In designating the proposed cemetery a “nuisance,” Town of Cheektowaga directly contradicts the County's contention that the presence of human remains necessarily causes the separate problem of “conditions detrimental to health” under § 1306. The cemetery was deemed a nuisance because it threatened the water supply and in turn public health; the recovery and cataloguing of human remains from an accident site that are performed as part of the post-accident investigation and clean up are not related to concerns of groundwater pollution. We perceive no administrable distinction, or one recognized under New York law, to treat certain clean-up expenses (such as those relating to human remains) differently from other public expenses (such as overtime pay for police) where all of these expenses were incurred as part of a continuous response to the same public emergency.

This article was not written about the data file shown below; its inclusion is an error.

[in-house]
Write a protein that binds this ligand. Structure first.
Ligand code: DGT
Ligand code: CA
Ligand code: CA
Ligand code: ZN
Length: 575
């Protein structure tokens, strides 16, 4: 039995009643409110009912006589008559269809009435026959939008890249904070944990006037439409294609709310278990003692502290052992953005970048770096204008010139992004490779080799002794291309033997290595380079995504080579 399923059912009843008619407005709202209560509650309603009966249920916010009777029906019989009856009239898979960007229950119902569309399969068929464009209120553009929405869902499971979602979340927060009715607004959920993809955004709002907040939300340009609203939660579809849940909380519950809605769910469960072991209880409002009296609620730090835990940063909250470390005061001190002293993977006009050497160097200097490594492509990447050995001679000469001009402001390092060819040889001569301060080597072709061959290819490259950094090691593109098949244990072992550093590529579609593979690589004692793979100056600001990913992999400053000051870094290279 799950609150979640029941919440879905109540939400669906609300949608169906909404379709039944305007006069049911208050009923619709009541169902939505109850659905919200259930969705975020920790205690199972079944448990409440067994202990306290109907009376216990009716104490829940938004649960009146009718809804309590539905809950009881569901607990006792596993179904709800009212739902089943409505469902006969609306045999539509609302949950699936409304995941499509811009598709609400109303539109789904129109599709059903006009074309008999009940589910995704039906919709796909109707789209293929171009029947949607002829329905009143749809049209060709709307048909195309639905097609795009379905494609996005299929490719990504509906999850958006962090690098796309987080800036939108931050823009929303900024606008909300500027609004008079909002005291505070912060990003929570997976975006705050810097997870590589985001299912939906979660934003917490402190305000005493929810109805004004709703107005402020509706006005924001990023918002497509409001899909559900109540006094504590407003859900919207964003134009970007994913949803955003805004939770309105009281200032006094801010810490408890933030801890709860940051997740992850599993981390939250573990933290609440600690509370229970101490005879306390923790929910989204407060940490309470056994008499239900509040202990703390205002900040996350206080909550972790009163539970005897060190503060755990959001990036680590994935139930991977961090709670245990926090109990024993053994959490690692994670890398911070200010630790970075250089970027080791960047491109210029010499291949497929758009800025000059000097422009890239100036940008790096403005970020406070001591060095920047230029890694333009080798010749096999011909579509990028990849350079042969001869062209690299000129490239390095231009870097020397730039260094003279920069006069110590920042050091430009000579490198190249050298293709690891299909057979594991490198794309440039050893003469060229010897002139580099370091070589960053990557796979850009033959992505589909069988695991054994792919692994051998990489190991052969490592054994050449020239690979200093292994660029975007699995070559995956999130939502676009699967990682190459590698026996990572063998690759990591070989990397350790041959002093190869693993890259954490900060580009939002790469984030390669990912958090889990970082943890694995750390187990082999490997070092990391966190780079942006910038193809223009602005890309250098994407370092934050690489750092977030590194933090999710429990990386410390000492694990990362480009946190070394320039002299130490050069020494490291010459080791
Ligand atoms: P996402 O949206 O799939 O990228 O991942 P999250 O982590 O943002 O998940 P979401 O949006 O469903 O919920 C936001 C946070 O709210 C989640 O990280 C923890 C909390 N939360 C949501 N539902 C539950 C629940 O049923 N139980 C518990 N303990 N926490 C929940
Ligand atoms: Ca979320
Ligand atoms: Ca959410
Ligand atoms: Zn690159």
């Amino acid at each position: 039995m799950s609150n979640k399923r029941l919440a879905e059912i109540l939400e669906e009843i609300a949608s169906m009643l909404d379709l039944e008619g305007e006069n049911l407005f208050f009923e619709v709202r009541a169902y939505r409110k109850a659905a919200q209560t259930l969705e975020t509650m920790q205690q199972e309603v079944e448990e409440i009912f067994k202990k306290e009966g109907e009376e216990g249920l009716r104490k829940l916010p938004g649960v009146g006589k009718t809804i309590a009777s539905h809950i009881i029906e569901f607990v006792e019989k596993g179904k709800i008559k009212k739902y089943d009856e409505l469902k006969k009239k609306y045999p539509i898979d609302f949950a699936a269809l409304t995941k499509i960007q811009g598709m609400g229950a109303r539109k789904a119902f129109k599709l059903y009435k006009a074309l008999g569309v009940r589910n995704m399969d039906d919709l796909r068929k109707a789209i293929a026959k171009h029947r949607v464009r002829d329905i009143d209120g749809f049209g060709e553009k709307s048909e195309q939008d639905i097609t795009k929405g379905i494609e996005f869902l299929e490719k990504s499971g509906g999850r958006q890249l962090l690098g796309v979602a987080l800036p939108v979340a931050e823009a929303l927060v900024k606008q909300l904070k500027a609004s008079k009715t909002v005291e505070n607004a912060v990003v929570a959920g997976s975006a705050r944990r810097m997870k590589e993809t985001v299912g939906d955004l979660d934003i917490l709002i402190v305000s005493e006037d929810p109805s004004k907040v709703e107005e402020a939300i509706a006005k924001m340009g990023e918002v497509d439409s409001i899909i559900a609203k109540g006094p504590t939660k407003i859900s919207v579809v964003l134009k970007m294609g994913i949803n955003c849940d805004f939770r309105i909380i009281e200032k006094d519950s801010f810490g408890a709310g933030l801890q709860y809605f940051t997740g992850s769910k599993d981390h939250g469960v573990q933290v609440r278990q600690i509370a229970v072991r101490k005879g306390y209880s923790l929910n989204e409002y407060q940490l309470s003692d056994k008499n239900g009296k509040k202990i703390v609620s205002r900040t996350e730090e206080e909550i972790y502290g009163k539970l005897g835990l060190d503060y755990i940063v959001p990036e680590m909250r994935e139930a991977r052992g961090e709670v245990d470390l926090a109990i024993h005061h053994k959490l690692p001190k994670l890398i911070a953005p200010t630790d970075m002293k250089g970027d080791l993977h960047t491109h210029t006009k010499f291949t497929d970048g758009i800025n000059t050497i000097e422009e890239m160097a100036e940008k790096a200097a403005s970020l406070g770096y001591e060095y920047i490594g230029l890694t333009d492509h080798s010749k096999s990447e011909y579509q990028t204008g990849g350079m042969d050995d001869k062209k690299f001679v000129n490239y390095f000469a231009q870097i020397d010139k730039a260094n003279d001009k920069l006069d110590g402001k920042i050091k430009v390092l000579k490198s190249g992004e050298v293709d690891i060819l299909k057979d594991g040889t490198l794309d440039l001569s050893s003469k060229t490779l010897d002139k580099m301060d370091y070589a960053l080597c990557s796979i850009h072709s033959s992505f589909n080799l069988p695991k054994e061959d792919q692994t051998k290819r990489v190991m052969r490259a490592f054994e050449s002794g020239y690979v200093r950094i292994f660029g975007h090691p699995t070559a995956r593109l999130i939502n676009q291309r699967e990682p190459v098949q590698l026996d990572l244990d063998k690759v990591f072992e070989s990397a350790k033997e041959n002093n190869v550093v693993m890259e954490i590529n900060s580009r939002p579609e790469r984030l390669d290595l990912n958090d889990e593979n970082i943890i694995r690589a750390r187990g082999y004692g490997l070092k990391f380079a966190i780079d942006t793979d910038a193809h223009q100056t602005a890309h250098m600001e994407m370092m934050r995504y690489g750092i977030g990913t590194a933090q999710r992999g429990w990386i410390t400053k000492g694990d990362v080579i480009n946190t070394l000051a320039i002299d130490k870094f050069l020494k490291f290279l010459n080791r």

“Thus, the existence and remediation of public nuisances ‘fall into [a] distinct, well-defined categor[y] unrelated to the normal provision of police, fire, and emergency services.’ ” County of Erie, 2012 WL 1029542, at *4 (quoting City of Flagstaff, 719 F.2d at 324). To hold otherwise would, as the district court noted, create an exception that would swallow the rule of the free public services doctrine. So too would permitting the County to treat any emergency that creates any condition deemed detrimental to health in some way as a basis to claim reimbursement under § 1306. In other words, public services provided in response to an emergency are just that—public services—and therefore are not subject to reimbursement. See Koch, 62 N.Y.2d at 560–61, 479 N.Y.S.2d 163, 468 N.E.2d 1.
We have examined all of the County's arguments on appeal and find them to be without merit. For the foregoing reasons, the judgment of the district court dismissing the County's complaint is AFFIRMED.